I would say this wouldn't I, but perennials are essential to every garden, easy to grow and maintain, and provide months of colour, year-after-year. But with so many perennials to choose from selecting the right ones can be rather difficult, if not confusing. Here are few tips that you should considered before buying a plant.
Most perennials grow in well-drained soil that does not stay wet for long, but if the soil is really dry or stays wet for a long time there are still many varieties to choose from. Because most perennials originate from meadow or grass land they grow best in soil that is not too rich in nutrients. If you are uncertain about your soil type a simple to use shop-bought soil tester can be useful. Be aware though, that the soil in one area of your border may be different to that in another area.
The amount of light available to a plant will also define your choice of plants. Stand in the place where the plants are to be grown and take a look at where the sun is. Most perennials need sun for a good proportion of the day, say from 10 am to 4pm, while some are natural woodlanders and love shady spots.
Perennials come in all shapes and sizes. Tall ones can grace the back of a border, while short, spreading types are great for the very front. As perennials die back in autumn and re-emerge in spring they strive to reach the ultimate height and width within one growing season. They also grow at different rates so if you plant a tall perennial in front of a short one, the shorter plant will be hidden if they both bloom at the same time.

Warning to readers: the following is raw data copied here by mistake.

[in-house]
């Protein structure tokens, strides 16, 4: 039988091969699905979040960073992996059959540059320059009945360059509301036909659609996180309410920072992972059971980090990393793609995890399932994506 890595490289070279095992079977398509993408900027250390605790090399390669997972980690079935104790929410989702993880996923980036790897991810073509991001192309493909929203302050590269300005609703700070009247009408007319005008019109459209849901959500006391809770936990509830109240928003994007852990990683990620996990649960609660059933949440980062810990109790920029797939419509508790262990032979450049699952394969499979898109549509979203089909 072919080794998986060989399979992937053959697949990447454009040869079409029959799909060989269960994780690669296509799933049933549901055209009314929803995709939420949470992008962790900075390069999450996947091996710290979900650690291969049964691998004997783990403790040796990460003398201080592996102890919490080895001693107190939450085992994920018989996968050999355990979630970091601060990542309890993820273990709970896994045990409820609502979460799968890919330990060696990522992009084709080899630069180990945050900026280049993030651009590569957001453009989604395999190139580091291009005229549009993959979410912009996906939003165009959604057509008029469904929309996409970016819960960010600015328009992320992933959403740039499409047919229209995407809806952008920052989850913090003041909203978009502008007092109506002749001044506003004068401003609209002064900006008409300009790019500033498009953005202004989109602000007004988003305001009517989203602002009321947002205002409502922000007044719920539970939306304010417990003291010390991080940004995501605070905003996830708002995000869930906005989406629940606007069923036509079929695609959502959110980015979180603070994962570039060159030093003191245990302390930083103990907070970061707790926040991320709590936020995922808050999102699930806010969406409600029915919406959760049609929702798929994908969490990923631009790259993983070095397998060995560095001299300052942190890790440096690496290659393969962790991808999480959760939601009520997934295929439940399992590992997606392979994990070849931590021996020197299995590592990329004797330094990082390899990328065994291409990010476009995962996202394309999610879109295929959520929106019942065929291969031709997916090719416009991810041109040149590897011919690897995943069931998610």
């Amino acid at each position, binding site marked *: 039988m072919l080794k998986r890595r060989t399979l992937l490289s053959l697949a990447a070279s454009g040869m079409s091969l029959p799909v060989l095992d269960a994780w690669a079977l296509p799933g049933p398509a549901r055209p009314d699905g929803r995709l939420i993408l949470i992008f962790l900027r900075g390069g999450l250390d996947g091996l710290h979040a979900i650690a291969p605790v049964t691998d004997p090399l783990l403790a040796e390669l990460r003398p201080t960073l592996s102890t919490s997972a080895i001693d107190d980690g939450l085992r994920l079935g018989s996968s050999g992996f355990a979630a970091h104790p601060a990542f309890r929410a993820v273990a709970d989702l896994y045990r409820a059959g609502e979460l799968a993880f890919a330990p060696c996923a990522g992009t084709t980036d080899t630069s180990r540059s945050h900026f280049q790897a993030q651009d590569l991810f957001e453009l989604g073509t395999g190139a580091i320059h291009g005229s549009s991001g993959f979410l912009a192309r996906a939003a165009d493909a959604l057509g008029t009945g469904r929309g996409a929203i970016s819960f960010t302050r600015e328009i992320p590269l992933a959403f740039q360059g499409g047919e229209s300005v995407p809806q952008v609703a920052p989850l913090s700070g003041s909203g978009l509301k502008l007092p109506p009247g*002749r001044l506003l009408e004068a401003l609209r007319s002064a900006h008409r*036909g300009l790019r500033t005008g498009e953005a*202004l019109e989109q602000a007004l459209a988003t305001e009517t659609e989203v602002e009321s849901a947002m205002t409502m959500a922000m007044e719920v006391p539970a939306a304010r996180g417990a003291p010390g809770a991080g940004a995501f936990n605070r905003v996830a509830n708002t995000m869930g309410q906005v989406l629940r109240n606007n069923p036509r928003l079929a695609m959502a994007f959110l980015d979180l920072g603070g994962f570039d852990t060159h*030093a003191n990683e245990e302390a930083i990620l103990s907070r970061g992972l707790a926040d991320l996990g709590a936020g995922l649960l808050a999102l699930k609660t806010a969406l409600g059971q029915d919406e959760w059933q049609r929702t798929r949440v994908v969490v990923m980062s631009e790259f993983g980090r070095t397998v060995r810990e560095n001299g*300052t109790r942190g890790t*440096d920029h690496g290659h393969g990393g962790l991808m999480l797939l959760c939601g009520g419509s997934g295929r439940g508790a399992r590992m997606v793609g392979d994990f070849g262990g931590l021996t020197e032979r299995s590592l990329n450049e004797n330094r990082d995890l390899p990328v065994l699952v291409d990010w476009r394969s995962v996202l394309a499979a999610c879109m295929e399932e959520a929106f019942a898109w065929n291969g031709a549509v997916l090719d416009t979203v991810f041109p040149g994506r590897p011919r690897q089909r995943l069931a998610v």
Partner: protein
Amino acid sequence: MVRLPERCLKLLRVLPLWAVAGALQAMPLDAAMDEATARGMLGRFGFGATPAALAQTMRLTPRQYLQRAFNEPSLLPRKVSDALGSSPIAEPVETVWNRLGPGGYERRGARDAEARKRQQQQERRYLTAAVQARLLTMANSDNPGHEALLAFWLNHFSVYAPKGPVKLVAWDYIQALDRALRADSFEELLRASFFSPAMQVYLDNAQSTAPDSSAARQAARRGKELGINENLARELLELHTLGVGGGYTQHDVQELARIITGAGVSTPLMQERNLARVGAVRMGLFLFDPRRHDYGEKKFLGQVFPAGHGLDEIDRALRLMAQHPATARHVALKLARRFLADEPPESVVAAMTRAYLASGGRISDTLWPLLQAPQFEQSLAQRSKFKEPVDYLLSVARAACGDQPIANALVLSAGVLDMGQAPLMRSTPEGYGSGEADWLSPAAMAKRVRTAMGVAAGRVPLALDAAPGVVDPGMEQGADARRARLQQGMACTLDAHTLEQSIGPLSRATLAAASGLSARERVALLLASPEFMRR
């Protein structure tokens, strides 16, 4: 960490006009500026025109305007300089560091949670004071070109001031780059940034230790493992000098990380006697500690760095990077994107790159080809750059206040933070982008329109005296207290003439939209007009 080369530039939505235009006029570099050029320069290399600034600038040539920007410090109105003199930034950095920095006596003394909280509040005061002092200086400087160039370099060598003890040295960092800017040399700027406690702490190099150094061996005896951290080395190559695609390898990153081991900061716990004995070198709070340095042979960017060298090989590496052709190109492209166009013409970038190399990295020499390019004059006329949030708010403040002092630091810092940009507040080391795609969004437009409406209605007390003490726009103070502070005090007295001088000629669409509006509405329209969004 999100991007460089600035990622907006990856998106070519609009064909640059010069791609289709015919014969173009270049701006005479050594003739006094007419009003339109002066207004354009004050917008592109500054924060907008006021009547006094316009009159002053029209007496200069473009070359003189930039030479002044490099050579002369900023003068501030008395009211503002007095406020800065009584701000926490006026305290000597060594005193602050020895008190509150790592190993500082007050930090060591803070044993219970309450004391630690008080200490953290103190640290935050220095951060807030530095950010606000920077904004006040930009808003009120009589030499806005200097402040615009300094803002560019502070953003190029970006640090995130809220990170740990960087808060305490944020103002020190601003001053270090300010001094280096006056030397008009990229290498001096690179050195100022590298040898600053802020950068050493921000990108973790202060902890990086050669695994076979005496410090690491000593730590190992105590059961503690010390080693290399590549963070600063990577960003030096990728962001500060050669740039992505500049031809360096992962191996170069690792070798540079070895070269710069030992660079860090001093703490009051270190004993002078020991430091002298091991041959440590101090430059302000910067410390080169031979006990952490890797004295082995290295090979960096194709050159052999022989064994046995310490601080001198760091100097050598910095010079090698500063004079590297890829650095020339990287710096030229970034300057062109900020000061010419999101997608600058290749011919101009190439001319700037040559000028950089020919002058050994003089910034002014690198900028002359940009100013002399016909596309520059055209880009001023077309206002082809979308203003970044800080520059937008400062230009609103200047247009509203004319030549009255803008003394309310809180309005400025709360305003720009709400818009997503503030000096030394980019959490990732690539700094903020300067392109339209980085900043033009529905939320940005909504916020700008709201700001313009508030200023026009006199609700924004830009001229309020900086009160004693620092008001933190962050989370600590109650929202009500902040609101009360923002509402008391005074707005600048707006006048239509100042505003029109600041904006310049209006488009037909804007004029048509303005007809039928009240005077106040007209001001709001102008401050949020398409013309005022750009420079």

I love my garden to have flowers for as much of the year as possible, but some gardeners don’t spend much time in the garden until the days get warmer and lighter. Consider when you use the garden most. For instance if space is limited don’t waste money growing early spring flowering perennials that may never be seen at the end of the garden.
Just as you spend time choosing curtains for your windows, the choice of flower colour is a personal thing. Most of us have favourite colours so don’t let anyone say that you should not put two disparate tones, such as yellow and pink, together. If its what you want, go with it!
There are other considerations that might help limit the number of plants to choose from. You might want to attract wildlife, or to cut flowers for the vase. If space is limited you may want the longest flowering varieties. You can also choose plants that have been awarded the Award of Garden Merit (AGM) by the Royal Horticultural Society. It is a great guide, but not one that is faultless.
You can select soil type, amount of sun (full sun, partial shade, etc), height and width and much more when you BROWSE PERENNIALS on the webstie. My book ‘Claire Austin’s Book of Perennials’ can provide you with more information too.